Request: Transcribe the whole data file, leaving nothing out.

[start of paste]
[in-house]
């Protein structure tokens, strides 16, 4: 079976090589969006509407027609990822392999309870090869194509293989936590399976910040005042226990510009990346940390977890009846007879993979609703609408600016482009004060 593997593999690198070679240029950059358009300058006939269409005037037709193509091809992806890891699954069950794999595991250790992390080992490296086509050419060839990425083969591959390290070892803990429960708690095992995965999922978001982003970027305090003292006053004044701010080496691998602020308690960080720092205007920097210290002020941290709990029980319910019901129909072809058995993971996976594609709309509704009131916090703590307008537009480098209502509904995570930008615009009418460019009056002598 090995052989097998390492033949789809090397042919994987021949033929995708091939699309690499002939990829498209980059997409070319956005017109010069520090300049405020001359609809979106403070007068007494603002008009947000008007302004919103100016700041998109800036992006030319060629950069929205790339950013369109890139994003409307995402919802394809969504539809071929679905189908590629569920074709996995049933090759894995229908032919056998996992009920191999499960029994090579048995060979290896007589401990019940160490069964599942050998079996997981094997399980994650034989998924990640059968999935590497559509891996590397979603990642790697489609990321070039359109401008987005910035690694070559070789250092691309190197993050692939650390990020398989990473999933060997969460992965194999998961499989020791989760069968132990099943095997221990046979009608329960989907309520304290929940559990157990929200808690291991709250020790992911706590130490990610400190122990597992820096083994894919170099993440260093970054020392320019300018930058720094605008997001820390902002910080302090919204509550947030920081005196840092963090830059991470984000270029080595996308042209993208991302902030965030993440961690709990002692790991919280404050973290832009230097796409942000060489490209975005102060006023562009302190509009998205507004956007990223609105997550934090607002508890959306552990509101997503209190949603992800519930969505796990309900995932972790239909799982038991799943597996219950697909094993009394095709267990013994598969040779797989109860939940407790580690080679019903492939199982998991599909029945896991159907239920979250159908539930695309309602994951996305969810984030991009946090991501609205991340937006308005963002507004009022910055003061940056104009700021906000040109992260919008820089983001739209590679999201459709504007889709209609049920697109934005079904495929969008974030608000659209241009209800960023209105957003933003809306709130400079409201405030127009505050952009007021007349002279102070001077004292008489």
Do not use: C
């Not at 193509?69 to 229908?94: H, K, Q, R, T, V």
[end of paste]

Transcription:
[in-house]
């Protein structure tokens, strides 16, 4: 079976090589969006509407027609990822392999309870090869194509293989936590399976910040005042226990510009990346940390977890009846007879993979609703609408600016482009004060 593997593999690198070679240029950059358009300058006939269409005037037709193509091809992806890891699954069950794999595991250790992390080992490296086509050419060839990425083969591959390290070892803990429960708690095992995965999922978001982003970027305090003292006053004044701010080496691998602020308690960080720092205007920097210290002020941290709990029980319910019901129909072809058995993971996976594609709309509704009131916090703590307008537009480098209502509904995570930008615009009418460019009056002598 090995052989097998390492033949789809090397042919994987021949033929995708091939699309690499002939990829498209980059997409070319956005017109010069520090300049405020001359609809979106403070007068007494603002008009947000008007302004919103100016700041998109800036992006030319060629950069929205790339950013369109890139994003409307995402919802394809969504539809071929679905189908590629569920074709996995049933090759894995229908032919056998996992009920191999499960029994090579048995060979290896007589401990019940160490069964599942050998079996997981094997399980994650034989998924990640059968999935590497559509891996590397979603990642790697489609990321070039359109401008987005910035690694070559070789250092691309190197993050692939650390990020398989990473999933060997969460992965194999998961499989020791989760069968132990099943095997221990046979009608329960989907309520304290929940559990157990929200808690291991709250020790992911706590130490990610400190122990597992820096083994894919170099993440260093970054020392320019300018930058720094605008997001820390902002910080302090919204509550947030920081005196840092963090830059991470984000270029080595996308042209993208991302902030965030993440961690709990002692790991919280404050973290832009230097796409942000060489490209975005102060006023562009302190509009998205507004956007990223609105997550934090607002508890959306552990509101997503209190949603992800519930969505796990309900995932972790239909799982038991799943597996219950697909094993009394095709267990013994598969040779797989109860939940407790580690080679019903492939199982998991599909029945896991159907239920979250159908539930695309309602994951996305969810984030991009946090991501609205991340937006308005963002507004009022910055003061940056104009700021906000040109992260919008820089983001739209590679999201459709504007889709209609049920697109934005079904495929969008974030608000659209241009209800960023209105957003933003809306709130400079409201405030127009505050952009007021007349002279102070001077004292008489």
Do not use: C
């Not at 193509?69 to 229908?94: H, K, Q, R, T, V």